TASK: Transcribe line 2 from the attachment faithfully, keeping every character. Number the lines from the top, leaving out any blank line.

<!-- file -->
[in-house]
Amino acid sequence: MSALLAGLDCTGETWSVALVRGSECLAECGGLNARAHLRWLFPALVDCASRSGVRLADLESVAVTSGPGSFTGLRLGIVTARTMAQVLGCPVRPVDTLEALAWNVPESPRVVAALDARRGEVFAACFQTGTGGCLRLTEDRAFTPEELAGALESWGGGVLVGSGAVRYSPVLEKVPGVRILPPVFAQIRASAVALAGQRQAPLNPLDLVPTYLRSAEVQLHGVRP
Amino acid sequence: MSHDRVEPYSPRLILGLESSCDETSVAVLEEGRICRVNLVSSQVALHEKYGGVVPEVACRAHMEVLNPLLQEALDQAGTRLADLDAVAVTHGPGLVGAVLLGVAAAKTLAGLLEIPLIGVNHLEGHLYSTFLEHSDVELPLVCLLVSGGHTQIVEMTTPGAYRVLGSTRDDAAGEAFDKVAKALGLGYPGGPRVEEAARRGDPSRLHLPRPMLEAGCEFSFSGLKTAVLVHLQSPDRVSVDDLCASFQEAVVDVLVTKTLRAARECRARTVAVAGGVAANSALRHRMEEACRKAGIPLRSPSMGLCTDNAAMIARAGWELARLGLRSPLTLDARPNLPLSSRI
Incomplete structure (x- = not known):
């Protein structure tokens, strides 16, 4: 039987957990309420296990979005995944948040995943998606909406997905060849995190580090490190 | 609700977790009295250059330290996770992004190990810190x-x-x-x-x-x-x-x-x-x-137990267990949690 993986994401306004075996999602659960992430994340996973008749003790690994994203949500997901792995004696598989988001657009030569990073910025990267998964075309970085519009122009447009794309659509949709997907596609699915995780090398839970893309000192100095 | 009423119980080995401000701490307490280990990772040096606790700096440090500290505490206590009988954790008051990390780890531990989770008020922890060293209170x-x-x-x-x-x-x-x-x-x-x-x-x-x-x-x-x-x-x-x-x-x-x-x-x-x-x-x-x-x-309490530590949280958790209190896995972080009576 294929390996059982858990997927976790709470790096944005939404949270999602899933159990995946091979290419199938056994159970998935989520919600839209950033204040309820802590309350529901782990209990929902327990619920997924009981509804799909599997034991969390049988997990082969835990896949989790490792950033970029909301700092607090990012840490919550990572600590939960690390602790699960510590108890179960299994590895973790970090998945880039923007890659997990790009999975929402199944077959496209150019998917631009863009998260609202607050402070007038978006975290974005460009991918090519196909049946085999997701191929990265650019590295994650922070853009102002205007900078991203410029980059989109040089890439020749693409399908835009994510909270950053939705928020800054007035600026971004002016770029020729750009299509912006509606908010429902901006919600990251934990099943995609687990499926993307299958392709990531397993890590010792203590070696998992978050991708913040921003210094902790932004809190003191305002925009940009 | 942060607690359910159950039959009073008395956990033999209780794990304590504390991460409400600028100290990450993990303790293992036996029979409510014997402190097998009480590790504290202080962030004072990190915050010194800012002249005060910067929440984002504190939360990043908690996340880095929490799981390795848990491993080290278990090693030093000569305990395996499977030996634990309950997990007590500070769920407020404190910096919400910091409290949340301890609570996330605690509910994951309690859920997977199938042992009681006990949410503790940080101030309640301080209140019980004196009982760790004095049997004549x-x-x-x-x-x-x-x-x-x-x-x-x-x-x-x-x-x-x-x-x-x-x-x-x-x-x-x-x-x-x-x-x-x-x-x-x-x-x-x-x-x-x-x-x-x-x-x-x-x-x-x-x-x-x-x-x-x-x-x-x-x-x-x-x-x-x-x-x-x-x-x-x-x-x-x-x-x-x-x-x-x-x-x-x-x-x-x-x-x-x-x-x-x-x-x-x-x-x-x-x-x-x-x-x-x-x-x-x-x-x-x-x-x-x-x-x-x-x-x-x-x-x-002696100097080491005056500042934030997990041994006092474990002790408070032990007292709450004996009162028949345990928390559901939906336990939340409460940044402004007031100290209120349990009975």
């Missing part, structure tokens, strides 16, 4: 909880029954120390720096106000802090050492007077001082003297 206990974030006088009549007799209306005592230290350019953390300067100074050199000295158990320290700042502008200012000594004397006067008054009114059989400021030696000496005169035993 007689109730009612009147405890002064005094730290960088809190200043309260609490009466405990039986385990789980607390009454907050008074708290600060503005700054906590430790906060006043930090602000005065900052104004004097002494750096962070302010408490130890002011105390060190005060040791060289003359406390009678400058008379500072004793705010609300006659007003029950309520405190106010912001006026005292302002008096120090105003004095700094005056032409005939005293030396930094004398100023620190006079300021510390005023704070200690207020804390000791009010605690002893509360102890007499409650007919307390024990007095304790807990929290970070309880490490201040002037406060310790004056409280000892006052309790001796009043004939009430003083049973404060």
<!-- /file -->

Amino acid sequence: MSALLAGLDCTGETWSVALVRGSECLAECGGLNARAHLRWLFPALVDCASRSGVRLADLESVAVTSGPGSFTGLRLGIVTARTMAQVLGCPVRPVDTLEALAWNVPESPRVVAALDARRGEVFAACFQTGTGGCLRLTEDRAFTPEELAGALESWGGGVLVGSGAVRYSPVLEKVPGVRILPPVFAQIRASAVALAGQRQAPLNPLDLVPTYLRSAEVQLHGVRP